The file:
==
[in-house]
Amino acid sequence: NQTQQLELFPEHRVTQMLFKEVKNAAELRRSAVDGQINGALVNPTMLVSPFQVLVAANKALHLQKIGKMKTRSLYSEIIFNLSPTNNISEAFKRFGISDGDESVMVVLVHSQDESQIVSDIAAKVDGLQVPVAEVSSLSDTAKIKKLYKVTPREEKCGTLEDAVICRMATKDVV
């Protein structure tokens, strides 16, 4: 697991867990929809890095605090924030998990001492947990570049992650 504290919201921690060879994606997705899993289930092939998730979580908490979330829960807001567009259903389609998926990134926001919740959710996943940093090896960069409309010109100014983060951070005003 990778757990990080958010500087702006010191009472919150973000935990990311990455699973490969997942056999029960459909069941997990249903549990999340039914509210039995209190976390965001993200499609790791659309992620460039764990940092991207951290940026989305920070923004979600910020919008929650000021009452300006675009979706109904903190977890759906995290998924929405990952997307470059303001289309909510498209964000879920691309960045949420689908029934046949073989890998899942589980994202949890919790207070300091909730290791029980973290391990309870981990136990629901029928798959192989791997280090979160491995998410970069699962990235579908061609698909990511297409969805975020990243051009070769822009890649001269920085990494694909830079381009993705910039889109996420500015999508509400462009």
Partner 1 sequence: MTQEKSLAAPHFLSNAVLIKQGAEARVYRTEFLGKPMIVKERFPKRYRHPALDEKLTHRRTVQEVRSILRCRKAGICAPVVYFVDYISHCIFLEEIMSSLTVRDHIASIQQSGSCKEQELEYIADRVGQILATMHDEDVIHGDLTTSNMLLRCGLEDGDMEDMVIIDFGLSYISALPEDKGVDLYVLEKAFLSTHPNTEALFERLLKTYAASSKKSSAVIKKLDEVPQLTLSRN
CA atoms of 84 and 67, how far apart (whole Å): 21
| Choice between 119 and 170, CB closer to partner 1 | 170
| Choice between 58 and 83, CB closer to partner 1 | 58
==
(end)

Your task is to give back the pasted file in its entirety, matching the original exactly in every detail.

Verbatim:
[in-house]
Amino acid sequence: NQTQQLELFPEHRVTQMLFKEVKNAAELRRSAVDGQINGALVNPTMLVSPFQVLVAANKALHLQKIGKMKTRSLYSEIIFNLSPTNNISEAFKRFGISDGDESVMVVLVHSQDESQIVSDIAAKVDGLQVPVAEVSSLSDTAKIKKLYKVTPREEKCGTLEDAVICRMATKDVV
């Protein structure tokens, strides 16, 4: 697991867990929809890095605090924030998990001492947990570049992650 504290919201921690060879994606997705899993289930092939998730979580908490979330829960807001567009259903389609998926990134926001919740959710996943940093090896960069409309010109100014983060951070005003 990778757990990080958010500087702006010191009472919150973000935990990311990455699973490969997942056999029960459909069941997990249903549990999340039914509210039995209190976390965001993200499609790791659309992620460039764990940092991207951290940026989305920070923004979600910020919008929650000021009452300006675009979706109904903190977890759906995290998924929405990952997307470059303001289309909510498209964000879920691309960045949420689908029934046949073989890998899942589980994202949890919790207070300091909730290791029980973290391990309870981990136990629901029928798959192989791997280090979160491995998410970069699962990235579908061609698909990511297409969805975020990243051009070769822009890649001269920085990494694909830079381009993705910039889109996420500015999508509400462009």
Partner 1 sequence: MTQEKSLAAPHFLSNAVLIKQGAEARVYRTEFLGKPMIVKERFPKRYRHPALDEKLTHRRTVQEVRSILRCRKAGICAPVVYFVDYISHCIFLEEIMSSLTVRDHIASIQQSGSCKEQELEYIADRVGQILATMHDEDVIHGDLTTSNMLLRCGLEDGDMEDMVIIDFGLSYISALPEDKGVDLYVLEKAFLSTHPNTEALFERLLKTYAASSKKSSAVIKKLDEVPQLTLSRN
CA atoms of 84 and 67, how far apart (whole Å): 21
| Choice between 119 and 170, CB closer to partner 1 | 170
| Choice between 58 and 83, CB closer to partner 1 | 58